The Five Phases Of Medicine

The Five Phases Of Medicine

In many respects, medicine has come a really long way, and yet in other ways it seems like it still has so far to go.

For example, while antibiotics are used to routinely treat many bacterial infections, there are few antiviral treatments currently available–and we are left with the proverbial, “take two aspirin and call me in the morning.”

Similarly, heart attacks, strokes, cancers and so many other ailments still take their victims and leave the bereaving family asking why?

In thinking about medicine, there are five major historical phases:

1. Do nothing: Get hurt or ill, and you’re as good as dead. You shudder at the words “There is nothing we can do for you.” Average lifespan for folks, 30s. If you’re lucky (or wealthy), you may make it into your 40s or even reach 50.

2. Cut it: Diseased or damaged limb or body part, chop it off or cut it out surgically. I still remember when the people in my grandparents generation called doctors, butchers.

3. Replace it: When something is kaput, you replace it–using regenerative medicine, such as stem cell therapy (e.g. for bone marrow transplants or even for growing new tissue for teeth) and bio printers (like a 3-D printer) to make new ones.

4. Heat it: Envision a future with self-healing microbes (based on nanotechnology) in the blood and tissues that detect when a body part is dangerously ill and deploys repair drones to fix them. There is no need to cut it off or replace it, you just fix it. And perhaps with DNA “profiling”(don’t like that word), we’ll be able to tell what a person is predisposed to and provide proactive treatments.

5. Eliminate it: Ok, this is way out there, but could there come a time, when with technology (and of course, G-d’s guiding hand) that we can eradicate most disease. Yes, hard to imagine, and with diseases that adapt and morph into other strains, it would be hard to do–but that doesn’t mean it’s impossible.

I still am shocked in the 21st century with all the medical advances and technology that we have that the doctors still say for everything from routine colds, to viruses, sores, growths, and more–“Oh, there’s nothing we can do for that.”

Yet, there is what to look forward to for future generations in terms of better medicine and perhaps with longer and better quality of life.

My grandfather used to say, “No one gets old without suffering”–let’s hope and pray for less and less suffering with future medical technology advances. ūüėČ

(Source Graphic: Andy Blumenthal)

Seeing Is Believing

This robotic seeing eye dog from Japanese company NSK is an incredible display of how technology can help the blind and was profiled in PopSci on 9 November 2011.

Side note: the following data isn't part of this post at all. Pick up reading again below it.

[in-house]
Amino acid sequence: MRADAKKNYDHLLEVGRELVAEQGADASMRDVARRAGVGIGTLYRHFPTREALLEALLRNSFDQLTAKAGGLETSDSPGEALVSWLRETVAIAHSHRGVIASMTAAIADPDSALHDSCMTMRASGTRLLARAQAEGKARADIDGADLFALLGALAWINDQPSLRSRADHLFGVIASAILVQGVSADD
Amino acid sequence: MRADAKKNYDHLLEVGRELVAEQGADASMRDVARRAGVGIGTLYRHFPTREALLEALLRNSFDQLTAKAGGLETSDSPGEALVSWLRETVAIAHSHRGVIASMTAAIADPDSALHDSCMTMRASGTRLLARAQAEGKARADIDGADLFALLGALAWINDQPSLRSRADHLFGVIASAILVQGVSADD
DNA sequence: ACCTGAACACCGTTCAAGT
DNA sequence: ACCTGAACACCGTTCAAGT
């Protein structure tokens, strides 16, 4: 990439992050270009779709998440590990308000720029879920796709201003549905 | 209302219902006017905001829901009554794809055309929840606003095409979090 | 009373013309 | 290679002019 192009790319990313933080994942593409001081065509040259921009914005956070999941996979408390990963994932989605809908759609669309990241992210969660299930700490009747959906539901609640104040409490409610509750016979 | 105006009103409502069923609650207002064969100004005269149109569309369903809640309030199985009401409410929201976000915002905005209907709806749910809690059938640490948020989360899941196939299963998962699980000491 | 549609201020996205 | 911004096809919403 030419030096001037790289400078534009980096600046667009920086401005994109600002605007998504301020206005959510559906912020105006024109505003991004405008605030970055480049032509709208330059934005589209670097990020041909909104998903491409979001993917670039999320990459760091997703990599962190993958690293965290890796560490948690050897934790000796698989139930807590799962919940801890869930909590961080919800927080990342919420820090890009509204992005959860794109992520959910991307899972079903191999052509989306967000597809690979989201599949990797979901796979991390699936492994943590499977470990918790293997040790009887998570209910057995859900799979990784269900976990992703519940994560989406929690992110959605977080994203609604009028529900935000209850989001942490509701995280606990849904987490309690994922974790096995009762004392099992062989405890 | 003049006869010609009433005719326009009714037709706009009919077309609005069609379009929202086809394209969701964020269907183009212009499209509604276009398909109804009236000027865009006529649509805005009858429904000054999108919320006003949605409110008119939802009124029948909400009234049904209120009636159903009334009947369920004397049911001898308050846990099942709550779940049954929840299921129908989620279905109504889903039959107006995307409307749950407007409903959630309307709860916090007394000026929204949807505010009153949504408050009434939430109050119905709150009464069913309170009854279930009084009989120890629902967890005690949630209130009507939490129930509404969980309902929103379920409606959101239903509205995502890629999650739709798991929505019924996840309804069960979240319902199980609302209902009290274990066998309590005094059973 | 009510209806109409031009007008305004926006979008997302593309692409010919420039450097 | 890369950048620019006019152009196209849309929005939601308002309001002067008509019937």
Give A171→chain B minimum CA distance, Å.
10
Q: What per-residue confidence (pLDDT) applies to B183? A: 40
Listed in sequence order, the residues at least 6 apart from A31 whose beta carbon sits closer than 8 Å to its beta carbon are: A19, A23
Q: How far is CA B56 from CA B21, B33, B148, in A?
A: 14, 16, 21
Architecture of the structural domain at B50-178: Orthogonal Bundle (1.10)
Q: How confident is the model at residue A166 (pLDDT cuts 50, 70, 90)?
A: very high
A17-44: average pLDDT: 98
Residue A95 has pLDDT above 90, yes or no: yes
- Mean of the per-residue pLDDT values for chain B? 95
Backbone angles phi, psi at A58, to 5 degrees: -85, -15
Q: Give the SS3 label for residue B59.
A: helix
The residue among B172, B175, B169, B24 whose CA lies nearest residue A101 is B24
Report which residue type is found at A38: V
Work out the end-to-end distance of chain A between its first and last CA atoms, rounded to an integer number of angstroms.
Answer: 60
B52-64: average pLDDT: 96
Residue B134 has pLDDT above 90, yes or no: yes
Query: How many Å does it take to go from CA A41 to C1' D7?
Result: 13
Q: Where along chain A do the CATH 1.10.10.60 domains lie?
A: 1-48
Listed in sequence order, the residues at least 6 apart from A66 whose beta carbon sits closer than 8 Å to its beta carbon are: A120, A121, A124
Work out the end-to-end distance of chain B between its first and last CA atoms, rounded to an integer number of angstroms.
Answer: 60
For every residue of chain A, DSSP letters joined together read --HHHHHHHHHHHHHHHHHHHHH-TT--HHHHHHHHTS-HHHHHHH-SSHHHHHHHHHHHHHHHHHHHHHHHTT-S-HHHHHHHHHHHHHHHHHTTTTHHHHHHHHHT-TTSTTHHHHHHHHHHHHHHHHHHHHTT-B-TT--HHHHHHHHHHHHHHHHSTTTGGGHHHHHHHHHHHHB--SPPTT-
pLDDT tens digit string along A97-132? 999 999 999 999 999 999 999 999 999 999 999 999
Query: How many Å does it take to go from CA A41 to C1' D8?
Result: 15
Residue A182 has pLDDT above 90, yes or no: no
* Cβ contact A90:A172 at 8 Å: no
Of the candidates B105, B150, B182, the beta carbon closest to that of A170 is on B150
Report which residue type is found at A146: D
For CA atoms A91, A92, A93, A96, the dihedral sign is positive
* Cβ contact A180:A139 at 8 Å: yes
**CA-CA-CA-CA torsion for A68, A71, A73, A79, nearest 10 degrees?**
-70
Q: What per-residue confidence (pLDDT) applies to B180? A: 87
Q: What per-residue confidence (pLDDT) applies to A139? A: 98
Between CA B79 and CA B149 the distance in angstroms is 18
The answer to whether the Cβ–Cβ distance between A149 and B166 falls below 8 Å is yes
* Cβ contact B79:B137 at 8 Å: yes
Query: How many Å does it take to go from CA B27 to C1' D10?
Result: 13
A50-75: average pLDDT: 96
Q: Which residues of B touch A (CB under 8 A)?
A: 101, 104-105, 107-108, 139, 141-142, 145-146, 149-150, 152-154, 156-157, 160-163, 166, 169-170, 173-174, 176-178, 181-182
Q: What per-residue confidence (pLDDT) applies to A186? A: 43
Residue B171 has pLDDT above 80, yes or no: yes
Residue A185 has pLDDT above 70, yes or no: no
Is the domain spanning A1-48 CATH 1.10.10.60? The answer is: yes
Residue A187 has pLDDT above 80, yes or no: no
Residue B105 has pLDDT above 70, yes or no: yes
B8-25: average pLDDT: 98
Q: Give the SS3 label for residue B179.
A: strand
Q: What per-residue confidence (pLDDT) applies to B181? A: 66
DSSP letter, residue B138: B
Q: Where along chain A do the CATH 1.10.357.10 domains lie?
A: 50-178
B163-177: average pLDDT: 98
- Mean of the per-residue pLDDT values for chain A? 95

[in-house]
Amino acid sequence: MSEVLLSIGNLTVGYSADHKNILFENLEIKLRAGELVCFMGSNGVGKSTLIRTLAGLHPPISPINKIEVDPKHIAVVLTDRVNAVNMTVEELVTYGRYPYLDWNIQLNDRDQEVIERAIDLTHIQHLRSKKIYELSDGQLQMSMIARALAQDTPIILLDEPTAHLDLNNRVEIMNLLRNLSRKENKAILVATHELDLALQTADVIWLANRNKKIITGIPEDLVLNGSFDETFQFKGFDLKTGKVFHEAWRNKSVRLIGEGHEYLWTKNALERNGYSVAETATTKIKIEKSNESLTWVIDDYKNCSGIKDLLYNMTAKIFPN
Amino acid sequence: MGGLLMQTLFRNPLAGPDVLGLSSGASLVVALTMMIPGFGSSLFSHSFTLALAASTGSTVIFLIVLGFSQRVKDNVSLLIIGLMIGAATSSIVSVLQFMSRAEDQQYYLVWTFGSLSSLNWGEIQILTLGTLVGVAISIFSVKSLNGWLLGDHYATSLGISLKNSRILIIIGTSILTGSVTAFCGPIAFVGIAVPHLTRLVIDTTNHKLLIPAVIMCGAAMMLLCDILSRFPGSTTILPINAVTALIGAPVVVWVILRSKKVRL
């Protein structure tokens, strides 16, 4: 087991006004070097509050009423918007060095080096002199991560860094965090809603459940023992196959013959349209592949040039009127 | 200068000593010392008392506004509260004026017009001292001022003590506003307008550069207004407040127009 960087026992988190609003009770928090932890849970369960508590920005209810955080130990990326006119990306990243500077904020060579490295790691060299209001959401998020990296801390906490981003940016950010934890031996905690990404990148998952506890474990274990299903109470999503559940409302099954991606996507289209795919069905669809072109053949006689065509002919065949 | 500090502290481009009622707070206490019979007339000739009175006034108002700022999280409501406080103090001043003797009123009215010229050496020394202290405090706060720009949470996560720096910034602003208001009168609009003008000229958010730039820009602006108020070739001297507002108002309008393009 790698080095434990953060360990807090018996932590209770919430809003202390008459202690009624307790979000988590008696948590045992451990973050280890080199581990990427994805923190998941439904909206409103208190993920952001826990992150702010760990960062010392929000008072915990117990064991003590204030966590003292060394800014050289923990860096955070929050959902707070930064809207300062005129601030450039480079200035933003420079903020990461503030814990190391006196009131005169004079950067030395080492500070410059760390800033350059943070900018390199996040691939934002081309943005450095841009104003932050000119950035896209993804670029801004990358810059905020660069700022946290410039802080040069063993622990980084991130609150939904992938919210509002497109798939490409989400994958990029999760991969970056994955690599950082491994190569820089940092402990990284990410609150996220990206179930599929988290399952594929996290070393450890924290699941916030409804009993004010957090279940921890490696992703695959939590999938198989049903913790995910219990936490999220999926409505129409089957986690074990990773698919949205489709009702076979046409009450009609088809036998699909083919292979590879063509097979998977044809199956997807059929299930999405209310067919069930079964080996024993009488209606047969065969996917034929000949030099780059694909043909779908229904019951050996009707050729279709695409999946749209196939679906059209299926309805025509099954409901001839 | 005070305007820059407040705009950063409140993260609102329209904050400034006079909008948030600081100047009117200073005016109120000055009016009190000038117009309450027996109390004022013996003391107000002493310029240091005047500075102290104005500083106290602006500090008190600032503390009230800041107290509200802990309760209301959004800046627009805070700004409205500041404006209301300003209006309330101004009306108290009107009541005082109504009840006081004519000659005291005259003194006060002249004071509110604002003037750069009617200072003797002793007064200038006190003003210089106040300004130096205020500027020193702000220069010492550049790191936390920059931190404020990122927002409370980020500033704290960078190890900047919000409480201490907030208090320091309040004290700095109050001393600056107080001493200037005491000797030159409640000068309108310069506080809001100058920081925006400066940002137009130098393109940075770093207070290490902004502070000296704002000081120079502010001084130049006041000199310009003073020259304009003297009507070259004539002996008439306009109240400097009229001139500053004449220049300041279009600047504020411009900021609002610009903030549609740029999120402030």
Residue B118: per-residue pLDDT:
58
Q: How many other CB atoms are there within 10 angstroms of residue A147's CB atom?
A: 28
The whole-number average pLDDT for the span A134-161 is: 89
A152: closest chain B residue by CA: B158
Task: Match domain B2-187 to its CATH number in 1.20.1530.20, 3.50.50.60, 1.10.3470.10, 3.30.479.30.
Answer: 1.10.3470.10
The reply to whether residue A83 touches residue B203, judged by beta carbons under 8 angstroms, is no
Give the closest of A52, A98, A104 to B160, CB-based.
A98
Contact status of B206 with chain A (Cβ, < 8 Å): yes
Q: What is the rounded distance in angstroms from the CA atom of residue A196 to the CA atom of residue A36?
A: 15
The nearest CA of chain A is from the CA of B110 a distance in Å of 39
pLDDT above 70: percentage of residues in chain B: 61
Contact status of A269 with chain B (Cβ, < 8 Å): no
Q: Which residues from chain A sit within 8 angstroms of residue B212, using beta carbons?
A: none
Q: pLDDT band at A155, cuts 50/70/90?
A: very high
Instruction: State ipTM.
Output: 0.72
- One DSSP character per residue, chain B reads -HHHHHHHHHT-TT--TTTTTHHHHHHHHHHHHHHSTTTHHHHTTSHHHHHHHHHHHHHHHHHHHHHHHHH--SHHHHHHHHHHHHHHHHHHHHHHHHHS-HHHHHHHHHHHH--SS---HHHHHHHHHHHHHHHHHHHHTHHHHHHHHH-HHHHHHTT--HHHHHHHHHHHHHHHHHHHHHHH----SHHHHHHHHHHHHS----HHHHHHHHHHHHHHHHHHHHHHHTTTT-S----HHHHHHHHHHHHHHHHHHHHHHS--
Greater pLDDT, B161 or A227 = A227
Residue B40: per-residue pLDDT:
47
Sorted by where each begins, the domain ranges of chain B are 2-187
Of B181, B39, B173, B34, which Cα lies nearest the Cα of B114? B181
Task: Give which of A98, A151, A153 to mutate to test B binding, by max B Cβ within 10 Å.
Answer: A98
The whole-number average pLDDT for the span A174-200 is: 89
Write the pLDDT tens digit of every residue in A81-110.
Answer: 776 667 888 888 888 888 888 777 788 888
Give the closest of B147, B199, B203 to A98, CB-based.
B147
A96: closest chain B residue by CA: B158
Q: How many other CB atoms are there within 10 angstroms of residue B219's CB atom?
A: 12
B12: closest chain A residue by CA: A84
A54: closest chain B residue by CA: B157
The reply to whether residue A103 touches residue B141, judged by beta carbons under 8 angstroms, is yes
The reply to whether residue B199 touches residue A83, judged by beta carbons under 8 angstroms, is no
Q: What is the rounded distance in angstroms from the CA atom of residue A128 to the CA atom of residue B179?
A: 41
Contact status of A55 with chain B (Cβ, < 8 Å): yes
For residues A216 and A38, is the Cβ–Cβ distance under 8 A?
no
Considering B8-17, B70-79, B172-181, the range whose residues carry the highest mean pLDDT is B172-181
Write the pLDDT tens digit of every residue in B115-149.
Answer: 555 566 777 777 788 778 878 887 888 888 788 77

While there are reports of many advances in returning sight to the blind through such breakthroughs as stem cell molecular regeneration and camera-like retinal implants, there will unfortunately be medical cases that cannot be readily cured and herein lies the promise for robotic guide dogs.
These dogs do not provide the same companionship that perhaps real dogs do, but they also¬†don’t require the same care and feeding¬†that can be taxing, especially, I would imagine, on someone with a handicap.
The Robotic Seeing Eye Dog can roll on flat surfaces and can climb stairs or over other obstacles.
It is¬†activated by a person holding and putting pressure on it’s “collar”¬†handle bar.
The robotic dog can also speak alerting its handler to specific environmental conditions and potential obstacles, obviously better than through a traditional dog bark.
The dog is outfitted with Microsoft Kinect technologyfor sensing and navigating the world.
It is amazing to me how gaming technology here ends up helping the blind. But every technological advance has the potential to spur unintended uses and benefits in other areas of our life.
Recently, I saw an advertisement for MetLife insurance that proclaimed “for the ifs in life” and given all the uncertainties that can happen to us at virtually anytime, I feel¬†grateful to G-d for the innovation and technology that he bestows on people¬†for helping us handle these; sometimes the advances are direct like with Apple’s laser-like focus on user-centric design for numerous commercial technologies, and other times these are more indirect like with the Kinect being used for helping the blind, or even the Internet itself once developed by the military’s DARPA.
I imagine the technology cures and advances that we achieve are almost like a race against the clock, where people come up with counters to the ifs and threats out there, adapting and adopting from the latest and greatest technology advances available.
Advances such as Kinect and then taking us to the robotic seeing eye dog, bring us¬†a little closer–step by step, each time incrementally–to handling the next challenge¬†that calls.
This week, I was reminded again, with the massive asteroid YU55 speeding past us at 29,000 mph and within only 202,000 mile of a potential Earth collision (within the Moon’s orbit!), how there are¬†many more ifs to come and I wonder will we be ready, can we really, and whether through direct or indirect discoveries to handle these.